A farbrengen in "770" is a multidimensional experience. The Rebbe is noticeably more intense just before delivering a maamar, formal chassidic discourse. In the middle of singing a chassidic niggun, his face becomes extremely serious, and everyone immediately changes the niggun to begin the traditional chassidic melody sung before maamarim.
In the very first years of the Rebbe's leadership, these signs were even more noticeable. In particular, the Purim farbrengen of 1953 stands out in the memory of many chassidim. At the beginning of the farbrengen, the Rebbe delivered a maamar. As usual, his deep concentration was visible throughout the entire prelude. After the maamar, the Rebbe delivered several addresses punctuated by chassidic song.
The farbrengen increased in intensity, continuing well past midnight. At this late hour, an elder chassid Reb Shmuel Levitin approached the Rebbe with a sincere request for a blessing for the welfare of the Jews in Russia.
Quite unexpectedly, after answering Reb Shmuel, the Rebbe showed visible signs of delivering another maamar. This was most unusual, as the Rebbe had never delivered two chassidic discourses during a single farbrengen. As the chassidim stood in anticipation of the maamar, the Rebbe related the following story:
"After the fall of the Czarist regime, general elections were held in Russia. The Rebbe Rashab, Rabbi Sholom Ber Schneersohn, instructed his followers to exercise their right to vote. The Rebbe's message was spread throughout the chassidic community. One chassid, a devout man who spent most of his time in pursuit of spiritual matters, was totally uninvolved in the country's politics. Nevertheless, he was prepared to carry out this directive as readily and intently as any of the Rebbe's other biddings.
"He immersed himself in the mikveh, girded his gartel (prayer belt) and proceeded to the polls. He was not familiar with the procedure, and did not even know for whom to vote. Luckily, he met other chassidim at the polls and they instructed him. With earnest concentration, the chassid adjusted his gartel and solemnly cast his ballot.
"As he glanced around him, he noticed many excited voters cheering for their candidate, shouting 'Hoo-rah! Hoo-rah!' The chassid thought that the chanting might be a required part of the voting procedure. Fearful that he might offend others or draw attention to himself if he refrained, he also joined the chanting.
"Hoo-rah is the Russian version of our familiar "hurray," but in Hebrew the words 'hoo rah' mean 'he is evil.' So the chassid chanted, 'hoo rah' along with the others, his intention being that he (the voters' hero) is evil."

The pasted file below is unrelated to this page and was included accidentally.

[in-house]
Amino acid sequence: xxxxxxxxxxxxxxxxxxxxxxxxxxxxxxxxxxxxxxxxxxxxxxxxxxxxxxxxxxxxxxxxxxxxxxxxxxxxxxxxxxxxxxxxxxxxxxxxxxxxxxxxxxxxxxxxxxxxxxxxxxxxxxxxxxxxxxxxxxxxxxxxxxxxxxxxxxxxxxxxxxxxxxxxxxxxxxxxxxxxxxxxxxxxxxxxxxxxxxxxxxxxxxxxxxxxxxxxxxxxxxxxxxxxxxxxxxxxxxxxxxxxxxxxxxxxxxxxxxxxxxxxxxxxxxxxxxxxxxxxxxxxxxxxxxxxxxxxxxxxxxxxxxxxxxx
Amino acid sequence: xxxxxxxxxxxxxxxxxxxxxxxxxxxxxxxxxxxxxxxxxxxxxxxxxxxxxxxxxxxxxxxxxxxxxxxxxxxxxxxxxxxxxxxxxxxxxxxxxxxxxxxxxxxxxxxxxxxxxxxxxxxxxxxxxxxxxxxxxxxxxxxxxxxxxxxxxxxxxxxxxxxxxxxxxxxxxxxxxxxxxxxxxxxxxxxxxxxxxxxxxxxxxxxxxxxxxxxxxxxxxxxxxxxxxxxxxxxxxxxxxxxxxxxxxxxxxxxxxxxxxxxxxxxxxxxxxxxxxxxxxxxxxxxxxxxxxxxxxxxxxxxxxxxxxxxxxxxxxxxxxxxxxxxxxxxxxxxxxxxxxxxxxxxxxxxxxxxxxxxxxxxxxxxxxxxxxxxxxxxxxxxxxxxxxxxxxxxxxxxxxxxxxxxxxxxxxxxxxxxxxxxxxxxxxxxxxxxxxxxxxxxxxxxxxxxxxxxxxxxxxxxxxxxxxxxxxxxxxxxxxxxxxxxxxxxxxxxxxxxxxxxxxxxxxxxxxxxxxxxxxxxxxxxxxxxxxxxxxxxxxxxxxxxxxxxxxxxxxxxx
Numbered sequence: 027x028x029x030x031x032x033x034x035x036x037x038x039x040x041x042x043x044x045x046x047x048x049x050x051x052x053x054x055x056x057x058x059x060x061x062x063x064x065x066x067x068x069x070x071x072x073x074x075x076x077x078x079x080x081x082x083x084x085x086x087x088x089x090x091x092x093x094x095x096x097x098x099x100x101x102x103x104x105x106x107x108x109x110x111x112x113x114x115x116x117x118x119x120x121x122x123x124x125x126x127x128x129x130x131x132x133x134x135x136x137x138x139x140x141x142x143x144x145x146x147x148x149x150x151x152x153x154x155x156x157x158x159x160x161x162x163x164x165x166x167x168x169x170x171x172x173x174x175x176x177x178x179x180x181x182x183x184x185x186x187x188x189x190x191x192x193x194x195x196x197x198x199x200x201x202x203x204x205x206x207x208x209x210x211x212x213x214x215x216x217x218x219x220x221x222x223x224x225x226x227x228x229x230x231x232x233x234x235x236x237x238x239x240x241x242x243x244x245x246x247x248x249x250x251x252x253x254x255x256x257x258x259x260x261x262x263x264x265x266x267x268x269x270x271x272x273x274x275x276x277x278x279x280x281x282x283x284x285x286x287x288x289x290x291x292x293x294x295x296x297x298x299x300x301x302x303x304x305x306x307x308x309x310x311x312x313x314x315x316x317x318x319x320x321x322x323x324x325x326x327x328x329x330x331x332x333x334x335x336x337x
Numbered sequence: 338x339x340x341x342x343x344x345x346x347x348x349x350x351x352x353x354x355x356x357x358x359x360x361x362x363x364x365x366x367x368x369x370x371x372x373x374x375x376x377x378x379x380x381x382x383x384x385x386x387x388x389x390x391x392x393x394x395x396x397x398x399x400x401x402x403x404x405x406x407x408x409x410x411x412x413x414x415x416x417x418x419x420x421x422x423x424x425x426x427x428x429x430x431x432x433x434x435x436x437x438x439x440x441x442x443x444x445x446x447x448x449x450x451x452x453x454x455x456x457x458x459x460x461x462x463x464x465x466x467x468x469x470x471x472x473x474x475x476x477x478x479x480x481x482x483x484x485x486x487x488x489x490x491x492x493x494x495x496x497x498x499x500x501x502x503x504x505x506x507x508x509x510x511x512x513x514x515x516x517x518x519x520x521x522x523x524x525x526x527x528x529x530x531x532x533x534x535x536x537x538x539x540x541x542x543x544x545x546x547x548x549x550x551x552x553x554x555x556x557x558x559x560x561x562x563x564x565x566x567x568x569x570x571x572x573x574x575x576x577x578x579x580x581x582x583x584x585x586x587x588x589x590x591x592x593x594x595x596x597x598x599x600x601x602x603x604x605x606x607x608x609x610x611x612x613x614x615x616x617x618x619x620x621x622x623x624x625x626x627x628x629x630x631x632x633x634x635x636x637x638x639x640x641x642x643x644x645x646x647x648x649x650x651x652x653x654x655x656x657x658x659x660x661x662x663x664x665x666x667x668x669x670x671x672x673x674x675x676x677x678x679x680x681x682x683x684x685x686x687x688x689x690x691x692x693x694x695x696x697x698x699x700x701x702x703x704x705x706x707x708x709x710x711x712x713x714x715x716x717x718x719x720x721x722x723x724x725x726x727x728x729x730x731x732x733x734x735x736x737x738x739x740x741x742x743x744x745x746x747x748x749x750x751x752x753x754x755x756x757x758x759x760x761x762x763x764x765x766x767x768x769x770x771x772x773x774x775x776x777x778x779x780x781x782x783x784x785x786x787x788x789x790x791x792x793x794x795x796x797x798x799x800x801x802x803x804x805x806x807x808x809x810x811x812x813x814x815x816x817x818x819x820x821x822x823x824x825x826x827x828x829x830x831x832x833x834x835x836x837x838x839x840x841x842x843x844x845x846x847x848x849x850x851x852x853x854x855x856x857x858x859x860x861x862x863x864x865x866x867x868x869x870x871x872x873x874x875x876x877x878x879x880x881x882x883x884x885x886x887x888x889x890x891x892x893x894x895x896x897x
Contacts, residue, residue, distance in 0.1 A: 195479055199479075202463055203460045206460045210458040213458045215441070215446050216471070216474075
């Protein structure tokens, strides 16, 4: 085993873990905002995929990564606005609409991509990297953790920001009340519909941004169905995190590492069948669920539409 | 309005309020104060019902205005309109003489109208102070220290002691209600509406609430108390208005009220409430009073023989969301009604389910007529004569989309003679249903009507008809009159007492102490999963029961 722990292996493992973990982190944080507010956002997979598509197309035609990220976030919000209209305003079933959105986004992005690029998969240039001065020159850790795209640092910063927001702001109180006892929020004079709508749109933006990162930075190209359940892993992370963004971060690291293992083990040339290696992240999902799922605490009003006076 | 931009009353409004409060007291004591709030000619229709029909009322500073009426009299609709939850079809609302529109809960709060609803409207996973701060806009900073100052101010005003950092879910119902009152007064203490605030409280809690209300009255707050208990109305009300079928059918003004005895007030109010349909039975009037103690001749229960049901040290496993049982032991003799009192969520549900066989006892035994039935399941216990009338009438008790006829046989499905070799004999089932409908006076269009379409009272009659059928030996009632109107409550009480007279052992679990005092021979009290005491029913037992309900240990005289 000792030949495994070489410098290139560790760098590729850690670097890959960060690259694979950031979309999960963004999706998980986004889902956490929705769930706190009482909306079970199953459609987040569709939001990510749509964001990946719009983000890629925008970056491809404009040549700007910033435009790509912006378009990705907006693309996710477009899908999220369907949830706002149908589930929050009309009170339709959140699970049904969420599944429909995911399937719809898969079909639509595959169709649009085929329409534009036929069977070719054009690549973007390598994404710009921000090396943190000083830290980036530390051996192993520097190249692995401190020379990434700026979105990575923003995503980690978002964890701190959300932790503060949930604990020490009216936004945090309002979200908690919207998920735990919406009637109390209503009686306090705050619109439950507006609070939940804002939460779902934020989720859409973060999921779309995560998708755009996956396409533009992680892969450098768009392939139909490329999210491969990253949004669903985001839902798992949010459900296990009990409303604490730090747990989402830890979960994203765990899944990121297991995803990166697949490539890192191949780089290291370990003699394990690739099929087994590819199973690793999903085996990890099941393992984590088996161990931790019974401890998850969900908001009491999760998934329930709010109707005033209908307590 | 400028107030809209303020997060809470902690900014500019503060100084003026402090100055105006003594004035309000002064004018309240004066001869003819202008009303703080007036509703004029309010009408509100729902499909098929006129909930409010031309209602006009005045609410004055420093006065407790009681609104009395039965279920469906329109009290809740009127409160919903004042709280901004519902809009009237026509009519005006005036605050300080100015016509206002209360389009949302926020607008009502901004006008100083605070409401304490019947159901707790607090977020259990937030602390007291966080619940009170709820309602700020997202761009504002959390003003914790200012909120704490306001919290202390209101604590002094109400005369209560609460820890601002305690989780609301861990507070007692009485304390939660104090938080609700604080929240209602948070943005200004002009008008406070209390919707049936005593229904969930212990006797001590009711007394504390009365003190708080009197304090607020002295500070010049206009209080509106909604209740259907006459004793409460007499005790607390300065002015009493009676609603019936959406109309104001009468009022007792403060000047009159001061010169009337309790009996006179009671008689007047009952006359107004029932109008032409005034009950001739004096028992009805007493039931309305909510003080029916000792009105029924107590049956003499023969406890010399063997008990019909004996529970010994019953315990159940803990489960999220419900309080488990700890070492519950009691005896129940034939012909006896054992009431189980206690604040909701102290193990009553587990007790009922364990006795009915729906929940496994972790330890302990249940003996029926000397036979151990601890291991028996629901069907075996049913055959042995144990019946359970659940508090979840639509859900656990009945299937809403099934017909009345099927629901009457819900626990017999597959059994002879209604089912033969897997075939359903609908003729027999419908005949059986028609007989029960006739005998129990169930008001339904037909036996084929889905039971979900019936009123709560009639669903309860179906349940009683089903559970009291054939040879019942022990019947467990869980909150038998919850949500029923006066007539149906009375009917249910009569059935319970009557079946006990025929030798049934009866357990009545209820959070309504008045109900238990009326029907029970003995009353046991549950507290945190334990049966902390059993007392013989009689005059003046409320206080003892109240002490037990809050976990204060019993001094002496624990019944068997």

With this the Rebbe concluded the story. The crowd in "770" also began to chant, "Hoo rah, hoo rah."
After the farbrengen there was much discussion among the chassidim regarding the unexpected maamar and the preceding story. Everyone sensed that it was somehow related to events taking place somewhere behind the Iron Curtain.
Soon afterwards, the news hit the headlines. The infamous Russian ruler Stalin had suffered a fatal stroke.
"It's more than just a desire to prolong the holiday spirit," the man from Boro Park said to his fellow passenger, riding to Crown Heights on the night following the last day of Passover. "It's quite exhilarating to enter "770", where thousands of people are still celebrating the holiday, as opposed to my community, where everyone hurries home after Havdalah to put away the Pesach dishes.
"But I don't come just for the inspiration. I make this trip after every holiday when the Rebbe distributes some of the "cup of blessing" after Havdalah. I've heard of numerous miraculous incidents occurring at these occasions."
The two men stood in line, waiting together with the thousands of others to approach the Rebbe. After the first one received his wine, the second held out a small cup to receive wine from the Rebbe. Instead of pouring, the Rebbe motioned to the man to hold the cup with his right hand.
The man made no move to exchange hands and the Rebbe did not pour the wine. An attendant urged him: "Reb Yid, please hold the cup in your right hand."
With obvious trepidation, the man extended his right hand. He looked on in disbelief as the Rebbe filled his cup. The people around him were almost annoyed with the delay he had caused the Rebbe. But he wholeheartedly forgave them. How could they have known that his right hand had been paralyzed?
"I suppose I should have felt thankful and lucky," relates Reb Feivel, speaking about his involvement in rehabilitating displaced Jews in post-war Europe. "I found it difficult to be optimistic about life after I had lost everything in the Holocaust. An old friend of mine found me a job in the Vaad HaHatzalah (Rescue Organization) offices in Paris. My heavy workload helped me maintain my sanity.